UNIVERSITY NEWS LAST UPDATED : 10 MARCH 2016
Hundreds of students have been creating innovative new apps, getting grilled in interviews and meeting some of the region’s biggest employers as part of a drive to sharpen their skills ready for the workplace.
Students at Birmingham City University have been put through their paces during a week-long initiative which will help prepare them for employment - with some already teeing up jobs with major organisations.
As part of the week students from the University’s Faculty of Computing Engineering and the Built Environment created dozens of working web apps during a 24-hour ‘hackathon’ – just days before it was revealed the University ranked fifth out of 300 establishments in the European Major League of Hacking.
Among the creations were a random activity selector to cure boredom, a website which automatically displays unique questions from Twitter and a game which uses a virtual reality headset to give users the experience of climbing a rock face.
Collaboration and creativity
"The hackathon was amazing! Everyone was super helpful to each other and there was a real community atmosphere." Pandelis Zembashis, a Computer Science student, shares his experience.BCU Hackathon blog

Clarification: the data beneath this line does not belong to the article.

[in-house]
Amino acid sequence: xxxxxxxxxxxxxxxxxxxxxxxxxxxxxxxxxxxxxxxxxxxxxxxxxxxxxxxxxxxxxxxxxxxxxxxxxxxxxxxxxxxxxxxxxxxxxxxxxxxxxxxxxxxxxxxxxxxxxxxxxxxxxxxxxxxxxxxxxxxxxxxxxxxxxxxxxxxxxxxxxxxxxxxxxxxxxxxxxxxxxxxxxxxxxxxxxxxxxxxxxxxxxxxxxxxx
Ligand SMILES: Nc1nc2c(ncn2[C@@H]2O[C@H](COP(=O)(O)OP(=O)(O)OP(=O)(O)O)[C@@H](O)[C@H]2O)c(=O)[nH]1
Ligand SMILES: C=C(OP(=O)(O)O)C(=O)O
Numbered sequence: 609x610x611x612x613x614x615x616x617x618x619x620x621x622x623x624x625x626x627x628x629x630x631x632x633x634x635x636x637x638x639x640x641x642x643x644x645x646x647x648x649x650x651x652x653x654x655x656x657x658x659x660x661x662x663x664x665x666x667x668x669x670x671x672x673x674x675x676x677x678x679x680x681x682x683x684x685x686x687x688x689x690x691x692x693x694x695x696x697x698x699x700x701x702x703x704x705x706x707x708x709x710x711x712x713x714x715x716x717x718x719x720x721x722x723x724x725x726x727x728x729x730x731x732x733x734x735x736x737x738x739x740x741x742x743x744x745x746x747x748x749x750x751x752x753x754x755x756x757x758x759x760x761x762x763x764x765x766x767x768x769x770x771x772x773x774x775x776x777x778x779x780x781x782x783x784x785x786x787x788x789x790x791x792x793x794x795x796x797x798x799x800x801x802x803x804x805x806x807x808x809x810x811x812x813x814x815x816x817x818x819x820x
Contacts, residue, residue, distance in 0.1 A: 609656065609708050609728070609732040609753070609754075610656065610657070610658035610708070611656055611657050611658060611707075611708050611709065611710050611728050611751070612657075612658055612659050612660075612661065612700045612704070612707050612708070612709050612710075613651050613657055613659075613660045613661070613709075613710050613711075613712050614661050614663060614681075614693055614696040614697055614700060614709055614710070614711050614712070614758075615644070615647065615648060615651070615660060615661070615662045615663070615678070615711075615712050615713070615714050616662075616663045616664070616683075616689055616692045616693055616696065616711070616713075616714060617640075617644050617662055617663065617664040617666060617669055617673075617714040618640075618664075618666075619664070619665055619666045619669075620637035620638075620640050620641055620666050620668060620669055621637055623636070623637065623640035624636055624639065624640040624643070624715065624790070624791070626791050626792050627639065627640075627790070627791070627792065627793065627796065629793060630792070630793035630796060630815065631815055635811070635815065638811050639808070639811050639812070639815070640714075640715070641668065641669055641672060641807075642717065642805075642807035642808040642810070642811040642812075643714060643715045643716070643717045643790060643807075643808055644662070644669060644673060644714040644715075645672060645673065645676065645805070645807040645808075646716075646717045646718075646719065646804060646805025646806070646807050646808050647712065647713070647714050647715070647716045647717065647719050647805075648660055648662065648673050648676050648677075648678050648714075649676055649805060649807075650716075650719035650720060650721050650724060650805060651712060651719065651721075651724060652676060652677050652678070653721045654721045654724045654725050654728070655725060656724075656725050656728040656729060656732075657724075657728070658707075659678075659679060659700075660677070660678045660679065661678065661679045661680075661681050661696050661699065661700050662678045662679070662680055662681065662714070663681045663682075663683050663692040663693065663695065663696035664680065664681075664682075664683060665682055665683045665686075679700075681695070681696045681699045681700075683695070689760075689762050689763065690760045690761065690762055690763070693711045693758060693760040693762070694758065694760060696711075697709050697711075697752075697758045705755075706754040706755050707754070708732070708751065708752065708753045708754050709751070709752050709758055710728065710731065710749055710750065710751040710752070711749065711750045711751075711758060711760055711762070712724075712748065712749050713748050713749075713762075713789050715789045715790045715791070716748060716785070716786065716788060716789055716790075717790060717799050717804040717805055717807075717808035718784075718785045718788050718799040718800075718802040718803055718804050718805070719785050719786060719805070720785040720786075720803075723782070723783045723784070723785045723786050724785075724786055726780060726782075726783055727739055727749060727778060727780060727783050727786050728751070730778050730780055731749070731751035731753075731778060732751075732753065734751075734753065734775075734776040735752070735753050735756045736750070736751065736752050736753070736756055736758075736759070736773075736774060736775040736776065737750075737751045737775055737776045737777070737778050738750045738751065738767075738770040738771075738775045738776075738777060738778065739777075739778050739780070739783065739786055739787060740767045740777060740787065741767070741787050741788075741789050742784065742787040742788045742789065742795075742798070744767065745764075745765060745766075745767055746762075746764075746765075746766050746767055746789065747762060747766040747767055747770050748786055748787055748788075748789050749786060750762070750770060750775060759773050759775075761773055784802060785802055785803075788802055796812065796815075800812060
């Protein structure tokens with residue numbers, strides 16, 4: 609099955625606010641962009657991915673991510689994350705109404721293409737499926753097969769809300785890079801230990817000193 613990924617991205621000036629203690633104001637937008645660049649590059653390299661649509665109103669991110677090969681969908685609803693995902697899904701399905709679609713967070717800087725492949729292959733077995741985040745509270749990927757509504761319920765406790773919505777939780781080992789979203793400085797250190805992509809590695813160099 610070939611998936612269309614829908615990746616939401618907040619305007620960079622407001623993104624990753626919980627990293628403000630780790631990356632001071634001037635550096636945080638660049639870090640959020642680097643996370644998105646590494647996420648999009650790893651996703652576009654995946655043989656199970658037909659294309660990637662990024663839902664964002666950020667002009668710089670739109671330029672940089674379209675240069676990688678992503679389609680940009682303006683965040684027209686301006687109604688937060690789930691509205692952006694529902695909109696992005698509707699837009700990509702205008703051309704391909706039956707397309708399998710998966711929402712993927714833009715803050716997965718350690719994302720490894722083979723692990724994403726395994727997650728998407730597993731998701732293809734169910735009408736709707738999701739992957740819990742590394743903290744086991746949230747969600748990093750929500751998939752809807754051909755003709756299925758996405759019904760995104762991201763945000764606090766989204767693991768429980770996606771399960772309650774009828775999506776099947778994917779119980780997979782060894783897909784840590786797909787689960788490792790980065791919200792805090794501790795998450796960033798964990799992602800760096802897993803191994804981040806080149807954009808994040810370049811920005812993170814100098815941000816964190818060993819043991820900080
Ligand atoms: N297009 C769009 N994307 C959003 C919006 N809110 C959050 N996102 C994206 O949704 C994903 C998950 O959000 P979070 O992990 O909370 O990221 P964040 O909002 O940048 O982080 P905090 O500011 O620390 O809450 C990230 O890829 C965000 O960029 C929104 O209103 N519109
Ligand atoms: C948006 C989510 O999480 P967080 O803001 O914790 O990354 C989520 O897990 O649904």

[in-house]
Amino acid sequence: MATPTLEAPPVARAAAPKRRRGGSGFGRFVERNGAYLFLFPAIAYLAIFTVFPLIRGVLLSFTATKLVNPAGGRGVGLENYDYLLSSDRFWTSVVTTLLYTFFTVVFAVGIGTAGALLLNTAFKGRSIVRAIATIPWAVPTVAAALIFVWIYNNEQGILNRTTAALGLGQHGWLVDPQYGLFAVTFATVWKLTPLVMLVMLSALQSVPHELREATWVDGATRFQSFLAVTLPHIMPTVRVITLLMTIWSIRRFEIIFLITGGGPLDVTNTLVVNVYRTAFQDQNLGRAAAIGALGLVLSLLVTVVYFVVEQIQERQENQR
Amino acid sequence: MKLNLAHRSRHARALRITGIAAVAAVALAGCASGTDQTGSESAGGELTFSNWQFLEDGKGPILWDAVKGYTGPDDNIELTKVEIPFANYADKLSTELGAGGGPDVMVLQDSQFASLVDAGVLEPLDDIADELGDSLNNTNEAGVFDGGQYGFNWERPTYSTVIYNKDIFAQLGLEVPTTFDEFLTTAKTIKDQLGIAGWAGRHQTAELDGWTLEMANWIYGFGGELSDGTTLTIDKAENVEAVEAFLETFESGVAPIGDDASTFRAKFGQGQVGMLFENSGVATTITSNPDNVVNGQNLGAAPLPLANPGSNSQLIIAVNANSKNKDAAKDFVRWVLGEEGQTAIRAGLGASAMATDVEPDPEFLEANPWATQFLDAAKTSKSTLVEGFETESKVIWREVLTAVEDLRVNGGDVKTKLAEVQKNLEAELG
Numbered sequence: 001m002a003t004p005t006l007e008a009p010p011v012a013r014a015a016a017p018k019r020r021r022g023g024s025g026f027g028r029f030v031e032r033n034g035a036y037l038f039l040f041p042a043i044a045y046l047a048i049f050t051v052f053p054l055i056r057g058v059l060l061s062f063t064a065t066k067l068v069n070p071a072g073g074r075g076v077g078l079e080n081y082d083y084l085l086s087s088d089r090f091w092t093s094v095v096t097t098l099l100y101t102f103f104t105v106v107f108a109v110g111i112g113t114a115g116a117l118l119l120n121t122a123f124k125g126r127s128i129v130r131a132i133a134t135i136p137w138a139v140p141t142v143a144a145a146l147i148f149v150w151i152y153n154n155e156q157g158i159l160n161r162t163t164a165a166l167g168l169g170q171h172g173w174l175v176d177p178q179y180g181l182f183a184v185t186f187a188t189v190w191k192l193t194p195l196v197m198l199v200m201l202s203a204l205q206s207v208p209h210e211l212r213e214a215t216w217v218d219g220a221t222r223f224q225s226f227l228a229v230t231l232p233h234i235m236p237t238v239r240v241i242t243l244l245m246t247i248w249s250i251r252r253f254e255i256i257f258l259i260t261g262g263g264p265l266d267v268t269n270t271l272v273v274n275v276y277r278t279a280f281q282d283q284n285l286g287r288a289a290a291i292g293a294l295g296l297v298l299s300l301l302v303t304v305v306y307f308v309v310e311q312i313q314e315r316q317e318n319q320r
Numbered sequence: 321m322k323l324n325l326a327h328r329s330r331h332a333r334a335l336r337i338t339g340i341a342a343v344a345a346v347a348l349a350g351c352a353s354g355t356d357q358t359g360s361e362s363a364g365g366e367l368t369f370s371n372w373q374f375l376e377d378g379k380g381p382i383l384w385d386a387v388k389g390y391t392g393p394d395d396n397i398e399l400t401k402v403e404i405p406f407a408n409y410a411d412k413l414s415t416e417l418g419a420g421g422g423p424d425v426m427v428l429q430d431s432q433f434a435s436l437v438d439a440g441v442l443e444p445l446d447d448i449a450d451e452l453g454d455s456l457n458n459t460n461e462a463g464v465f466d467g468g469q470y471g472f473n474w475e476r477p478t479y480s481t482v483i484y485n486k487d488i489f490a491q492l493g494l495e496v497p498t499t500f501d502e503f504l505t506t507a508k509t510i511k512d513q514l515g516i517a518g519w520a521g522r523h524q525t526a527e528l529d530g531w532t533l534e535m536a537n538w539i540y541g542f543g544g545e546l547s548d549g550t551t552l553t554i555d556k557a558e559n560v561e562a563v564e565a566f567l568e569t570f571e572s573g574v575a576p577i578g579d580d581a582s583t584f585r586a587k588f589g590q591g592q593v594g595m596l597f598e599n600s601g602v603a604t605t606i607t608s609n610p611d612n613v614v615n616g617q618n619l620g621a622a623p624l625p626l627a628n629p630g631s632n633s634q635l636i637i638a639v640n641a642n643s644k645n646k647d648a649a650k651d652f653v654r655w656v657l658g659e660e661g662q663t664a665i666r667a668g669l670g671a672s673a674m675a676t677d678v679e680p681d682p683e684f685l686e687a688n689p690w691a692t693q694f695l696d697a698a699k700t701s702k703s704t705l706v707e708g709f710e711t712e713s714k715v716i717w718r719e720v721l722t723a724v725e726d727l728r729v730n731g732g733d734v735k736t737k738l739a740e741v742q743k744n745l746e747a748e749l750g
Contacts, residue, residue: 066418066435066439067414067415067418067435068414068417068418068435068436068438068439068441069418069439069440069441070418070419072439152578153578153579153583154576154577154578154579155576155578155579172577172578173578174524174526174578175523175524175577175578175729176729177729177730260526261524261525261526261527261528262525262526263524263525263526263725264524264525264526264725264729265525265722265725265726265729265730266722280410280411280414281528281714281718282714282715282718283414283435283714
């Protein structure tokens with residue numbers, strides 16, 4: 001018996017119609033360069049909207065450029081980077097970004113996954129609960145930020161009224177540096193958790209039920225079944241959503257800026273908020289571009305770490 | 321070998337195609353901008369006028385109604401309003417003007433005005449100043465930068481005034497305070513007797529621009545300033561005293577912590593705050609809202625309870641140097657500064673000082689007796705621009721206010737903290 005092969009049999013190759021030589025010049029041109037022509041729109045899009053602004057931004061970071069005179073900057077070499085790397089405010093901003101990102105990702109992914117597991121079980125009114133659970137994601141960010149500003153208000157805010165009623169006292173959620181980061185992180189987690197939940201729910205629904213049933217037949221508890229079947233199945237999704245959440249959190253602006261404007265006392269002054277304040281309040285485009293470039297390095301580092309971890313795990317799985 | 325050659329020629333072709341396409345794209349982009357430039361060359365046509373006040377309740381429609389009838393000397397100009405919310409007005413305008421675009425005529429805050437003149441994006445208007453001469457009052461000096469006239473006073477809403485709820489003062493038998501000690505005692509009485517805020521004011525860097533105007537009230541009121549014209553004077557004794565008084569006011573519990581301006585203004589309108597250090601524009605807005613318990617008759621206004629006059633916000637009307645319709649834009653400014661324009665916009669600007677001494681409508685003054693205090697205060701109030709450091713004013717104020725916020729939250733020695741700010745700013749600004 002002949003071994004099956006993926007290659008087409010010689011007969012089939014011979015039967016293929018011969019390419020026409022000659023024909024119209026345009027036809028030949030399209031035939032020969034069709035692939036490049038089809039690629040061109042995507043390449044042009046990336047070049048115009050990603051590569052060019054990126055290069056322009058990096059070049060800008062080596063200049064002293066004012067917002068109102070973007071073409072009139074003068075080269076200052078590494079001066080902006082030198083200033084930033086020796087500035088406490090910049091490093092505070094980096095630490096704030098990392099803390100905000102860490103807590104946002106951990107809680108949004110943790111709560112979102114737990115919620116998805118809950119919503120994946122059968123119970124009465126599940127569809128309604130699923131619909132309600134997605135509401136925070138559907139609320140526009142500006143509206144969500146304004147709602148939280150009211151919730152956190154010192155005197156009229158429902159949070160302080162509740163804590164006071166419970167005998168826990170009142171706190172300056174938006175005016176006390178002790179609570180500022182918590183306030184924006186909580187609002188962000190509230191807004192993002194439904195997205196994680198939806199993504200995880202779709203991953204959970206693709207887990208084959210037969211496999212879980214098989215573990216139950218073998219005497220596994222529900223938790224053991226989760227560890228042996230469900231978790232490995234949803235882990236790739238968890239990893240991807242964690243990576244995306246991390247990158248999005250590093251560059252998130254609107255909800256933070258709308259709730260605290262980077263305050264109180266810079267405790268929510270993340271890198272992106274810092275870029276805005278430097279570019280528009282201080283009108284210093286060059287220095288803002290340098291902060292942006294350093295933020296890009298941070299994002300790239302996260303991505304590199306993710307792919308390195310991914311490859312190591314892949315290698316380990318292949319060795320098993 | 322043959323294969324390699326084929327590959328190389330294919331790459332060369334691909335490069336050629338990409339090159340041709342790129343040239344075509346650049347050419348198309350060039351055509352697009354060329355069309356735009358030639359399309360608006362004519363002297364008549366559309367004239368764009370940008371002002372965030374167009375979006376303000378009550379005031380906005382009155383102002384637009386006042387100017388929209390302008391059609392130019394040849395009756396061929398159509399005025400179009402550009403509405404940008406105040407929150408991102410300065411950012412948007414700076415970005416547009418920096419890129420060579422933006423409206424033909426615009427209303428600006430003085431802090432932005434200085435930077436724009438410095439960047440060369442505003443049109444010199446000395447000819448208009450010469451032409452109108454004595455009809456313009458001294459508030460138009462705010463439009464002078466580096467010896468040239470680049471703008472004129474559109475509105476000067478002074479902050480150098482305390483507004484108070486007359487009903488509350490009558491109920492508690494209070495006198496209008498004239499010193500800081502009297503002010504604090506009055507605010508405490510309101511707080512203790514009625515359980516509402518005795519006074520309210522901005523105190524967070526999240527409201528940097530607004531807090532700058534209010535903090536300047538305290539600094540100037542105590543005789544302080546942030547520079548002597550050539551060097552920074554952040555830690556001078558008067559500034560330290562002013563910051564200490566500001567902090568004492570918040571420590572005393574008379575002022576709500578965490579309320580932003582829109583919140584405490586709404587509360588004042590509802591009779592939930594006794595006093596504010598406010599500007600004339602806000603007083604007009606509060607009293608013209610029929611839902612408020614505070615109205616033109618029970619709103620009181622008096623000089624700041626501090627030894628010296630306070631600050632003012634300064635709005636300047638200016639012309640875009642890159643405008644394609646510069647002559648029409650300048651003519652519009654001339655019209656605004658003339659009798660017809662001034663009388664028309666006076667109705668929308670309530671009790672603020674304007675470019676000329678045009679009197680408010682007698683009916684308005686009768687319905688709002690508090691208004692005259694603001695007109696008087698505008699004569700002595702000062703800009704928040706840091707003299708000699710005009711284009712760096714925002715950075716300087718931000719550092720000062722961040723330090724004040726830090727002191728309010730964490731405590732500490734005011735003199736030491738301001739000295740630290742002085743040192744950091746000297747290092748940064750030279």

Others entered competitions held by computer giants Microsoft, learned how Galifford Try will build Birmingham’s new £56 million Conservatoire and met recent course graduates now employed in a number of high-profile roles.
The week also aims to help support the regional economy by making sure graduates are prepared to enter the world after completing their studies.
Students met with dozens of employers including household names Jaguar Land Rover, the Ministry of Defence and the Royal Navy.
“From my experience with the Computing students, they've benefited greatly from all of the opportunities provided during employability week.
“We've had excellent entrepreneurs, speakers and the genuine companies that employ our students involved throughout, providing real motivation for the students.
“The highlight for me was leading the Birmingham City University Hack, a 24 hour programming competition, supported by several of our industrial partners.
“This challenged students to work in teams to expand their skills and develop something new. The software, websites, mobile apps, computer games and hardware implementations produced far exceeded my expectations and showed the immense talent that exists within our student body."